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Defensive fund options

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Comments

  • I would probably opt for STIP for short-term TIP exposure, lower fees 0.05% versus 0.15% and shorter maturity bonds--0-5 years--so less sensitive to rising rates. VTIP also has lower fees. But TIPS in general look pricey right now.
  • You are correct, I inadvertently read off YTD rather than 2021 numbers in some cases. Thanks for spotting my errors!

    SNGVX really did lose almost a full percent, but you have the correct figure for BBBMX.
    GILPX did eek out a 0.02% gain (still effectively zero) rather than lose 0.07%.

    But MERFX did really lose 0.19% (still virtually zero), VNLA did really lose 0.18% (again, virtually zero).

    BSV did worse than I reported, losing over 1% in 2021.

    T-notes (maturities of 2-10 years) saw yields go up by 0.6% to 0.9%:
    2 year rose from 0.11% to 0.73%,
    3 year rose from 0.16% to 0.97%,
    5 year rose from 0.36% to 1.26%,
    7 year rose from 0.64% to 1.44%,
    10 yr rose from 0.93% to 1.52%

    Though yields on T-bills rose only slightly, with the shortest maturity bills even having yields fall:
    1 mo dropped from 0.09% to 0.06%
    2 mo dropped from 0.09% to 0.05%
    3 mo dropped from 0.09% to 0.06%
    6 mo rose from 0.09% to 0.19%
    12 mo rose from 0.10% to 0.39%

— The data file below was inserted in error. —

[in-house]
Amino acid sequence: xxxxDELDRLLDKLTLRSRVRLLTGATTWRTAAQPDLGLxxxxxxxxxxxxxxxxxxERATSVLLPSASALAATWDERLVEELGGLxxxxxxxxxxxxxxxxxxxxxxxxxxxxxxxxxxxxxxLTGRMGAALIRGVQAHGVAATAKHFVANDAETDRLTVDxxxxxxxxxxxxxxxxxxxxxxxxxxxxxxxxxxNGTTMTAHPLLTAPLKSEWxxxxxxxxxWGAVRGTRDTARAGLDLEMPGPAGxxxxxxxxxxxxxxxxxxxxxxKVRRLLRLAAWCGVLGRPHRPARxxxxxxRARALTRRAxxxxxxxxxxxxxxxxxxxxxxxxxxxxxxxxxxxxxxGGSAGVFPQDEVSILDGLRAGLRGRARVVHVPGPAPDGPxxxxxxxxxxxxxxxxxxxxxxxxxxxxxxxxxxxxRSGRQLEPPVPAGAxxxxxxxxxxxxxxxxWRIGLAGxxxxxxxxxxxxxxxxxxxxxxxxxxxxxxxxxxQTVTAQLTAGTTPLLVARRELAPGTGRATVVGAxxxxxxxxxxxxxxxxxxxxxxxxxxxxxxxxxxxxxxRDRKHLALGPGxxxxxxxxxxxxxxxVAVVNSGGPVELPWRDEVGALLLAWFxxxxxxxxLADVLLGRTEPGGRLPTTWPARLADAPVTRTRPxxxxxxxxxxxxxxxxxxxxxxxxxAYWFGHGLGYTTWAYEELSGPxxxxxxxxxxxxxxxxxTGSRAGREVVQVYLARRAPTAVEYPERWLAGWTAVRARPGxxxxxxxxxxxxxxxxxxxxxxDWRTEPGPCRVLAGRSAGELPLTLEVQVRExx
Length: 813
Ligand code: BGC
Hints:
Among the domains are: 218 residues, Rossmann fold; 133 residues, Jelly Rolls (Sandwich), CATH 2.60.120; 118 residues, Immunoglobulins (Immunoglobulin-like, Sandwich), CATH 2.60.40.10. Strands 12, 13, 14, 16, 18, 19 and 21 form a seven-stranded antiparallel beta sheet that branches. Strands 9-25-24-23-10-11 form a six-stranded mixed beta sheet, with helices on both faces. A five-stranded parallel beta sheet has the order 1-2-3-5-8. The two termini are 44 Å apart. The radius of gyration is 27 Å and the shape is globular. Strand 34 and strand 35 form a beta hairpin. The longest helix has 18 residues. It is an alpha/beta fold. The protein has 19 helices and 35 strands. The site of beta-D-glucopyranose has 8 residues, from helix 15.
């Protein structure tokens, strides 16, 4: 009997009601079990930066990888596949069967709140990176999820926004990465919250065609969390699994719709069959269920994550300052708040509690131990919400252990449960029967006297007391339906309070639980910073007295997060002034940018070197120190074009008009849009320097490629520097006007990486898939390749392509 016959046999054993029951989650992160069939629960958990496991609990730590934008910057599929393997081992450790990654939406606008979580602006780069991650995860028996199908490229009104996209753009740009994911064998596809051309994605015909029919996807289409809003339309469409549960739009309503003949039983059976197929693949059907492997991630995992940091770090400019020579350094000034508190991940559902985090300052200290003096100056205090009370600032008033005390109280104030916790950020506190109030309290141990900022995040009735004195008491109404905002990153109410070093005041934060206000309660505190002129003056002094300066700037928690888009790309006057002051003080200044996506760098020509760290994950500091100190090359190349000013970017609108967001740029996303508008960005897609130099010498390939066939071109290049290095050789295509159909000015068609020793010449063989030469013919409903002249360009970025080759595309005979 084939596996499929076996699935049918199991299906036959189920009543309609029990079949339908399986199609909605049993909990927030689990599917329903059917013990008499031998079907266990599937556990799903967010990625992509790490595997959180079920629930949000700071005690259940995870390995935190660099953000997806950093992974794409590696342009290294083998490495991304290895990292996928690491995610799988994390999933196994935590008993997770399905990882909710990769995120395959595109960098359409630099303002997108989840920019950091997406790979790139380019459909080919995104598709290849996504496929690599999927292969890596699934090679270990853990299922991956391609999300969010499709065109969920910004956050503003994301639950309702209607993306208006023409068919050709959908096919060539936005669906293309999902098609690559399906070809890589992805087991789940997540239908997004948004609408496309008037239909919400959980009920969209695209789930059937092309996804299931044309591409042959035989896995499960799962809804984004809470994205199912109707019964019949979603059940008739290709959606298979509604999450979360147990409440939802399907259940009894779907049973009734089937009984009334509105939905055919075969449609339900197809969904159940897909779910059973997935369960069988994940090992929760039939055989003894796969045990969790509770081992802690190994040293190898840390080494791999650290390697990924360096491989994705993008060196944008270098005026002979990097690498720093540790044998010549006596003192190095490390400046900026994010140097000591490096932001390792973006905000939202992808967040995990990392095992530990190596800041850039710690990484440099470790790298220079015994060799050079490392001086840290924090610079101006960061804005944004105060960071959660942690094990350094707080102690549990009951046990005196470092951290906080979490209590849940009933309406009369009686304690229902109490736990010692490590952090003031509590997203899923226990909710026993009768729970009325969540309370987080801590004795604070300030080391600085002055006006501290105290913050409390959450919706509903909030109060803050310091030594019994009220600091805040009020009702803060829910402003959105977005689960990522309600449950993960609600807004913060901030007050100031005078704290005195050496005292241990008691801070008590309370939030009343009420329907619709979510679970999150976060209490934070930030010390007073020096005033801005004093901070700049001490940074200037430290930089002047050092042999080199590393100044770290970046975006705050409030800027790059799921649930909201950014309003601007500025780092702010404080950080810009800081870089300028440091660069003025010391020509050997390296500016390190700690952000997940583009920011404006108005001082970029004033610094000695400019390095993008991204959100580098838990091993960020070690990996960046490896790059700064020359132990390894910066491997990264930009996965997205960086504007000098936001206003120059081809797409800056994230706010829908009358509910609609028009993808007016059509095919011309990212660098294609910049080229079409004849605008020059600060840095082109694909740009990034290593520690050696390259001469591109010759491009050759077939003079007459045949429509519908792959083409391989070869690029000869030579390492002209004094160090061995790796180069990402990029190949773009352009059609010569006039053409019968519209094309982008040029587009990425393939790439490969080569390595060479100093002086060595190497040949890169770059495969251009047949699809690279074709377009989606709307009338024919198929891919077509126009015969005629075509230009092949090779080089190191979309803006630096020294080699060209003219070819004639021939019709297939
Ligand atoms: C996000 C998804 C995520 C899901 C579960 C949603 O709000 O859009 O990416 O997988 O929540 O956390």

https://www.treasury.gov/resource-center/data-chart-center/interest-rates/Pages/TextView.aspx?data=yieldYear&year=2021

    Since interest rates did not move in tandem, how a portfolio was affected depended on its distribution of bonds. Two portfolios with the same average duration could have all bonds of the same, relatively short duration (thus not much affected by rising rates), or a mix of very short term and somewhat longer duration bonds (with the latter losing more value).
  • edited January 5
    JD_co said:

    Looking at CVSIX (Calamos Market Neutral), the last negative calendar year it had was 2008. The downside is that its 10 year annual return is just over 4%. Maybe a nice Bond fund substitute? It does its job quietly.

    Correction of sorts. My summary of CVSIX earlier was intended to reference a question (above) from JD. However, it certainly would fit in as a “defensive” fund. I use it more as a bond replacement.

    Defensive funds is tough. Under some conditions one type works. But under different conditions another works better. I have 30% allocated to “alternatives.” It’s a group of “the usual suspects”. Can elaborate later if anyone wants to know more.

    One I don’t own, HSGFX, gained 2% today - bucking the nasty selloff. Fine. But you’d be a lot poorer had you held the fund over the past decade. So it goes …